Taylor Swift concert- Swifties

Celebrating Swifties

by Dr. David Sanders

I was barely six years old when they arrived. It was called an invasion. I am referring to The Beatles hopping over the pond and landing in New York City in February, 1964. Along with some 70 million Americans my family watched them perform on the Ed Sullivan show. That was the sixties and young people, especially girls, including my older sister, were obsessed. Those young fans wished the lyrics, “I want to hold your hand” was a personal invitation for them. From that auspicious start who could have predicted what the Beatles were to become, the voice of a generation; a socio-cultural, political and spiritual influencer.

Fast forward almost sixty years and the adolescent girl demographic (and many others) aren’t Beatle fans or Beatnicks they are Swifties. Until this past week, despite living with two Swifites, I had not paid attention to the Taylor Swift phenomenon. She arrived in Denver this past week on her “Eras” tour and it felt to me like a home invasion. Blaring for a full week throughout our house were songs from every era of Swiftdom.

While working on another writing project I serendipitously came across an insight from the unpronounceable named author of the book (and concept) Flow, Mihaly Csikszentmihalyi. It was so timely as it helped me to understand  the power song has for those finding their way both in the world and in their inner selves.

“For adolescents their music acts as a modulator of moods. Whenever emotions threaten to engulf a teenager’s consciousness, turning on music can help focus and objectify them; the music and the lyrics reflects the formless yearnings of the listener and give them substance and legitimacy” (from Why We Need Things).

What seems to resonate most profoundly for this generation of teens (and pre-teens) is that Swift, following in the footsteps of other autobiographical singer-songwriters, connects with the emotional turbulence and struggles they experience through her “confessional” songs.

Over the years I have been blessed with so many wonderful teachers, mentors, colleagues and students. The ones I have learned from the most, and they are far and few between, are those that are willing to reveal themselves.  Autobiography, when it serves others, is a powerful means of connection.  As I value that in others, I value that in myself and the teachers at Kabbalah Experience. I guess I am, we are, Swifties after all.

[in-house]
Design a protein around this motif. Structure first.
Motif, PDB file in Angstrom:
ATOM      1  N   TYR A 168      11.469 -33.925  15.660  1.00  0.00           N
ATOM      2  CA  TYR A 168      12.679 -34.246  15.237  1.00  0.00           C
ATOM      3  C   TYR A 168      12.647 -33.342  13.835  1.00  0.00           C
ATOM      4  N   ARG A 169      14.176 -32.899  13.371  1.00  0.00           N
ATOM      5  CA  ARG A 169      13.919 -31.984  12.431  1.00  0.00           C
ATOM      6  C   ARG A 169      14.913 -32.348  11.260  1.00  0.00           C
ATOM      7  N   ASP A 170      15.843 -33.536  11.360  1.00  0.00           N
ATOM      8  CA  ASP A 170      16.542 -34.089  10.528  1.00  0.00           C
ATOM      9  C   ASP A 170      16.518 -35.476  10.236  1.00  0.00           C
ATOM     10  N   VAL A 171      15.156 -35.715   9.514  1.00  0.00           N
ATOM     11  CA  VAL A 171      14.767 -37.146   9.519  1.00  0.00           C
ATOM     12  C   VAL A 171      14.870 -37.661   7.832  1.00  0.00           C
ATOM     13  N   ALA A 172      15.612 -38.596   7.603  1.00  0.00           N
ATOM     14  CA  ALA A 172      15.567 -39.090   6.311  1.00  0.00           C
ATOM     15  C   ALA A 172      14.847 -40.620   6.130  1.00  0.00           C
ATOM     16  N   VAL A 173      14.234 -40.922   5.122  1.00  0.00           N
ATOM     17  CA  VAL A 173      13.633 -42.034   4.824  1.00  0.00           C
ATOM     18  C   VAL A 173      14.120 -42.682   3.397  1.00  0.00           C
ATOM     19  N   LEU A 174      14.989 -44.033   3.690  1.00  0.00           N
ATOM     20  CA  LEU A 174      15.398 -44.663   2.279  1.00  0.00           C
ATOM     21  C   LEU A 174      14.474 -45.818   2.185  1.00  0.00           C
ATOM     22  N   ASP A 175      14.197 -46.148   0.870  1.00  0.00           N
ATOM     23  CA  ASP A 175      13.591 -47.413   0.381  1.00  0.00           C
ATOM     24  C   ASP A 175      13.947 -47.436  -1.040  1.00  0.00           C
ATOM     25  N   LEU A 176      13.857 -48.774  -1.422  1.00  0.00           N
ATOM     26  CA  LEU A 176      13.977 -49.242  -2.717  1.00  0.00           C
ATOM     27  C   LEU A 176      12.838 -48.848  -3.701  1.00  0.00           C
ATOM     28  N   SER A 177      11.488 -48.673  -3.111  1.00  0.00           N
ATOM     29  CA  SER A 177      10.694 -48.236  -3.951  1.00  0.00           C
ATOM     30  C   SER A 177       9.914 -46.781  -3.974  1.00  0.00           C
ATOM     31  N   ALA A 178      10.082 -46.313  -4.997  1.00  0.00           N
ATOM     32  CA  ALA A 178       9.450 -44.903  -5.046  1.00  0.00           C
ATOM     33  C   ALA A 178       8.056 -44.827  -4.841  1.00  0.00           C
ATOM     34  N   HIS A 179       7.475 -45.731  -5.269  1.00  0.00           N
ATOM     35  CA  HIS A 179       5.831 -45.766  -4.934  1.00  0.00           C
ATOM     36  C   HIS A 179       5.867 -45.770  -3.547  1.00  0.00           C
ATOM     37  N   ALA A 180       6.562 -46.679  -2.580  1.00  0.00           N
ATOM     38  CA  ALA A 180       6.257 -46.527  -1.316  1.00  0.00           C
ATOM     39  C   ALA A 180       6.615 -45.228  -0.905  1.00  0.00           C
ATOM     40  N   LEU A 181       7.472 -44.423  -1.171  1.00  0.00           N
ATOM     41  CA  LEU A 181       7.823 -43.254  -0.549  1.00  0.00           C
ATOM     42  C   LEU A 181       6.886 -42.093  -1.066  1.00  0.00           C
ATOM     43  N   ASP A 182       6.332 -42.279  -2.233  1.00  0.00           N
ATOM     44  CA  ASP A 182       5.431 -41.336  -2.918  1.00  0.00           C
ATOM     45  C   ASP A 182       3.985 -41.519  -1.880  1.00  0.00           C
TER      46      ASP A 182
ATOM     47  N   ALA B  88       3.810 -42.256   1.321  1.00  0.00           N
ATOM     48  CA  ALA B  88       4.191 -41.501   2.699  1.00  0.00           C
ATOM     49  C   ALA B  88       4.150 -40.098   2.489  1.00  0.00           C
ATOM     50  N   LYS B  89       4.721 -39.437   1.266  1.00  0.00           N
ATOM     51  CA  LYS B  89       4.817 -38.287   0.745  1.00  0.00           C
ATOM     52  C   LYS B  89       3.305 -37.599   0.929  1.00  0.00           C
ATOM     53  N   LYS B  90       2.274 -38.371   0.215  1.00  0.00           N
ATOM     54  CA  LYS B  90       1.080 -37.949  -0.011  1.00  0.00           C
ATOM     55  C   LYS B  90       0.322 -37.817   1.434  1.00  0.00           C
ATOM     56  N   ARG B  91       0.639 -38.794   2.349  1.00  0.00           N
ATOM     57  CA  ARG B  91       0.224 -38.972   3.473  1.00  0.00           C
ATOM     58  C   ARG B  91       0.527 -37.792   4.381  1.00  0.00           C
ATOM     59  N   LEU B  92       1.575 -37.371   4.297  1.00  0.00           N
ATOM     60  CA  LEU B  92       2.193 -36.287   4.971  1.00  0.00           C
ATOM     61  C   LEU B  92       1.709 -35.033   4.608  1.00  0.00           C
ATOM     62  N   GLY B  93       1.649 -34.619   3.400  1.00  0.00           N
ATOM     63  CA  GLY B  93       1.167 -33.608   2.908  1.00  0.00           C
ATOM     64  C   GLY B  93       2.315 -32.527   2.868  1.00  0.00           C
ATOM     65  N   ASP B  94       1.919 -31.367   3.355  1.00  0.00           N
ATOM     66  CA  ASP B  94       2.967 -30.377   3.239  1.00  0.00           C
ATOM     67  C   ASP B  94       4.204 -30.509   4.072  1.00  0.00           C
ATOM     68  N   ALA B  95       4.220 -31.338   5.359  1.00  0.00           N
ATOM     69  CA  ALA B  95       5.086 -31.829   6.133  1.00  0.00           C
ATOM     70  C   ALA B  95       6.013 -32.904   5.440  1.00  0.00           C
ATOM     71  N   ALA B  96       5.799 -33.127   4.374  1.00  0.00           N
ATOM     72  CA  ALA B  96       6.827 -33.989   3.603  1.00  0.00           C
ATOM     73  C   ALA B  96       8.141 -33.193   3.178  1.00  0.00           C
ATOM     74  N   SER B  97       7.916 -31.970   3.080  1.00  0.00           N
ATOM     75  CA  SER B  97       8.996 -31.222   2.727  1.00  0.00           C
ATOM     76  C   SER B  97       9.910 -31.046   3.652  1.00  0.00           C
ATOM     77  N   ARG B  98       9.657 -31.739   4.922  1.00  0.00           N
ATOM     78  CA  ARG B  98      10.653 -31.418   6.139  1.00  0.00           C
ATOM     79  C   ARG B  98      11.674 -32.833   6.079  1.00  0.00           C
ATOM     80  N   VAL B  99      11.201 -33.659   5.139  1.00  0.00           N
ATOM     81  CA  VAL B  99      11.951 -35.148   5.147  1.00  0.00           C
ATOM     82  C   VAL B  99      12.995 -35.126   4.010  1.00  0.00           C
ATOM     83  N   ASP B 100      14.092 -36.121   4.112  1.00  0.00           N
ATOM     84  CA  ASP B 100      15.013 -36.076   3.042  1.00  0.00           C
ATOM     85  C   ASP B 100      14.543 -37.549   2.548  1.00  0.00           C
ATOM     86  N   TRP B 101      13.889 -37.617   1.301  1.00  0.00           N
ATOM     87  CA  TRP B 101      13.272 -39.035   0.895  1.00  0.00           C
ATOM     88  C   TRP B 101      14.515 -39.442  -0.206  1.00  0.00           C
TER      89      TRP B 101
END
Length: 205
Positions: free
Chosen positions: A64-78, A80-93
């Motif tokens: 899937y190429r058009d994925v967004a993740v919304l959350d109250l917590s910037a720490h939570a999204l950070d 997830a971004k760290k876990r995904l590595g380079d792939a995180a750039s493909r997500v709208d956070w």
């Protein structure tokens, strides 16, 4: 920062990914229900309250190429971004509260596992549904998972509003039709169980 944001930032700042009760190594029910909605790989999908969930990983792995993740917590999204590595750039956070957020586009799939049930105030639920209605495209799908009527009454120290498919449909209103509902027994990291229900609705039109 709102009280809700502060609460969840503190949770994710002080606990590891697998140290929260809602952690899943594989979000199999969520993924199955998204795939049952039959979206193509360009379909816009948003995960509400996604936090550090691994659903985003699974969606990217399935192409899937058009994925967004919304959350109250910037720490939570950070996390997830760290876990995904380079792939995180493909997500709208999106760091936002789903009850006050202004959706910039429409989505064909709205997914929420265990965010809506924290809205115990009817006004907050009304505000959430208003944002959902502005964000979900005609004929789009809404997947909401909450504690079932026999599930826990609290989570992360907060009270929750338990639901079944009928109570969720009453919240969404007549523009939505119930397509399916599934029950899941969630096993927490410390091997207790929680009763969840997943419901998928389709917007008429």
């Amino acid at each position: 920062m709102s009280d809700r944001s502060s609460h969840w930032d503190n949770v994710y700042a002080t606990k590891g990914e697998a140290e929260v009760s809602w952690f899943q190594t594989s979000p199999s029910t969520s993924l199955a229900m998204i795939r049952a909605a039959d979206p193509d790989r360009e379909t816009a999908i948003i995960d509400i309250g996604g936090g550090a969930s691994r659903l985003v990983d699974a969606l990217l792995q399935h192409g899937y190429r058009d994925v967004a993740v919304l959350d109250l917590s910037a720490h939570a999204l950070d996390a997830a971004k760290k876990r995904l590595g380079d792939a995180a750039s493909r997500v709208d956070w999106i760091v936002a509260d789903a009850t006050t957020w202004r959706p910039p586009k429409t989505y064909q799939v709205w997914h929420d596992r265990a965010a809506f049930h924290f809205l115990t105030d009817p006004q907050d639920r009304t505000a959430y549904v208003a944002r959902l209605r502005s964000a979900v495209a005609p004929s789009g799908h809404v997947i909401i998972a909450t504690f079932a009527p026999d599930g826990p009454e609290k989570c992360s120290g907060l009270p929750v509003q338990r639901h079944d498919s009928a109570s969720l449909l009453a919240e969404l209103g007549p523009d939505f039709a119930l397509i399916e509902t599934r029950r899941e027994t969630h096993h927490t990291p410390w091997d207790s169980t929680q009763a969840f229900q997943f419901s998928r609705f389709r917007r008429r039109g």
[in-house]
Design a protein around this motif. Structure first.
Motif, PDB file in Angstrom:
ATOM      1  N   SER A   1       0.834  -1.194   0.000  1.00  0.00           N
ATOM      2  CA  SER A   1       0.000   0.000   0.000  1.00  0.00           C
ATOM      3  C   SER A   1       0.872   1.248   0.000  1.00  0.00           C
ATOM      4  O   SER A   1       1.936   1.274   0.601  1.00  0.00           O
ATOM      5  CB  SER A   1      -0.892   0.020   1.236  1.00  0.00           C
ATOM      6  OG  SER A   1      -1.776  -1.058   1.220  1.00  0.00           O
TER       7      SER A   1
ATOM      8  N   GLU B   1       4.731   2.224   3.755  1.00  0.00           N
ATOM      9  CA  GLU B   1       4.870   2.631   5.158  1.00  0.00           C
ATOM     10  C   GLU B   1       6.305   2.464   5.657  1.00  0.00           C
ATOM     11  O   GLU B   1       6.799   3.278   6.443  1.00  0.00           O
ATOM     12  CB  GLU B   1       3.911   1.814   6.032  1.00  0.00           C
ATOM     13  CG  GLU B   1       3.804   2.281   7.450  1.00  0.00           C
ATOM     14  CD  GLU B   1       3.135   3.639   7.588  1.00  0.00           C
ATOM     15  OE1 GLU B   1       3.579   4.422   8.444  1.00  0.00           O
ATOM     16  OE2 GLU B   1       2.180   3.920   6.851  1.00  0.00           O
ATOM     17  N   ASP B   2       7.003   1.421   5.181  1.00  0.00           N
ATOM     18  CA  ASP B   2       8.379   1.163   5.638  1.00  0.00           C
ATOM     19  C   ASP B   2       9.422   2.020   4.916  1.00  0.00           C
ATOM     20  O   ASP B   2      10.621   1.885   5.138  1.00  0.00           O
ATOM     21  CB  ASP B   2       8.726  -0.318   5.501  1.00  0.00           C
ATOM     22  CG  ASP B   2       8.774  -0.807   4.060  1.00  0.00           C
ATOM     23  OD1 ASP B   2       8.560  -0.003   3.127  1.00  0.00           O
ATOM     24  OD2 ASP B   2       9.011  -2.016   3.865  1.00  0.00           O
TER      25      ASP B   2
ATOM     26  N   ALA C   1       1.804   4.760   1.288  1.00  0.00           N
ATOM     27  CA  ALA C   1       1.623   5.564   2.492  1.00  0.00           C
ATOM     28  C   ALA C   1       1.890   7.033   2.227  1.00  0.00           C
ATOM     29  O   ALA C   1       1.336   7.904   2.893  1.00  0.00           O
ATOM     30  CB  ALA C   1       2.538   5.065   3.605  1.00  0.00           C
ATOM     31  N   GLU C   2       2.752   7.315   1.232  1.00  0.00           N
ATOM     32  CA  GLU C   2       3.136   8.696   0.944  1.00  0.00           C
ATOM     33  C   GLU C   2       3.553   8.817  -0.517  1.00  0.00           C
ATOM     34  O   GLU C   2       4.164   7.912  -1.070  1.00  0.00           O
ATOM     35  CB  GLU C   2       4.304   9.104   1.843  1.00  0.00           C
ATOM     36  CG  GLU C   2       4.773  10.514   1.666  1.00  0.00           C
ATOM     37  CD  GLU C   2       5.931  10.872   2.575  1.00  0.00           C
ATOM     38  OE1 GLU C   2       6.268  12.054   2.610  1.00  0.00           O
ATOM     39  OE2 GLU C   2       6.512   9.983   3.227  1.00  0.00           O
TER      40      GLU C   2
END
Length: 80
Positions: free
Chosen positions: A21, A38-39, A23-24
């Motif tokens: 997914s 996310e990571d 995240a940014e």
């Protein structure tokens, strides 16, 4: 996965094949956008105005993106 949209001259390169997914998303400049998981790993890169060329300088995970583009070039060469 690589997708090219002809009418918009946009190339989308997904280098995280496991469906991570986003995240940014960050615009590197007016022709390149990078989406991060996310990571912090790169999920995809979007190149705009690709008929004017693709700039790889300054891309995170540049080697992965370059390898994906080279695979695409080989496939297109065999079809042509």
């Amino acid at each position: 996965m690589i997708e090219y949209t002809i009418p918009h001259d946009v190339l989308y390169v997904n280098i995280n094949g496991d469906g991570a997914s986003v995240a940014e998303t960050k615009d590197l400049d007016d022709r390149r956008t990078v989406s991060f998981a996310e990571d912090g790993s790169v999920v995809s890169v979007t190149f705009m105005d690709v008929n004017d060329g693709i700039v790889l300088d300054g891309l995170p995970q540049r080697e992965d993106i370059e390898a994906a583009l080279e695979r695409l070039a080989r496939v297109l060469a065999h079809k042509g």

Learn more about Taylor Swift


1 Comment

diane · July 21, 2023 at 7:10 pm

Dear David,

Thank you for sharing your blog about Swifties! Talk about timely. When I read what you wrote about ” those that are willing to reveal themselves.” I knew I could no longer keep quiet.
I haven’t been able to stop the loop going on in my head. Over and over the voice is saying, you must explain more authentically about what led you to try these intro to kabbalah classes and ultimately sign up for the Tree of Life class.
I am not only here because ‘I love learning’, which is what I said at the time. To introduce or reveal myself is to explain that I am here to study the Tree of Life because I recognize something Divine at work. Just a few days before seeing these class offerings I had walked into a little magical shop in town looking for a greeting card that would have the tree of life on it. My goal was to send a thank you note with this tree of life card to a sweet friend back east. However, the store had no such card. But what I did find was a tree of life bookmark made with pargasite, among other stones. When Emilia, the store owner, explained the healing elements of the stones to me, I said, maybe I should keep this for myself, and I did! (photo attached)
In addition to this, I’d like to share another significant event that took place more than 20 yrs ago. It was September 2000, I had just bought a house and during the Move-in process when I reached up to clean the top shelf of the master bedroom closet I found a greeting card that seemed to have been left accidentally by whoever was living in the house before I bought it.
Unfortunately, I no longer have the card and don’t remember the exact words but it said something like
‘Dear Mark, I hope you enjoy this gift of reading the kabbalah’, signed by aunt so- and- so. I was intrigued by finding this card mentioning the Kabbalah as I had heard of its mystical teachings somewhere before. So I went to the local library and got some books on Kabbalah. Distinctly, I remember one was the Sefir Yetzirah. I guess the oddest thing to share at this point is that I don’t remember learning anything more. Just that these were mystical teachings from or for jewish people.
Perhaps it has some significance to point out that I was studying A Course In Miracles at the time and was profoundly and deeply into the teachings of that book. Having shared all this with you now, I can only imagine that this is the time learning about the tree of life can be most beneficial, not only for me, but for all life. Hopefully we’ll have a chance to share more about the terrapin, and the slowness of things….

With infinite gratitude,


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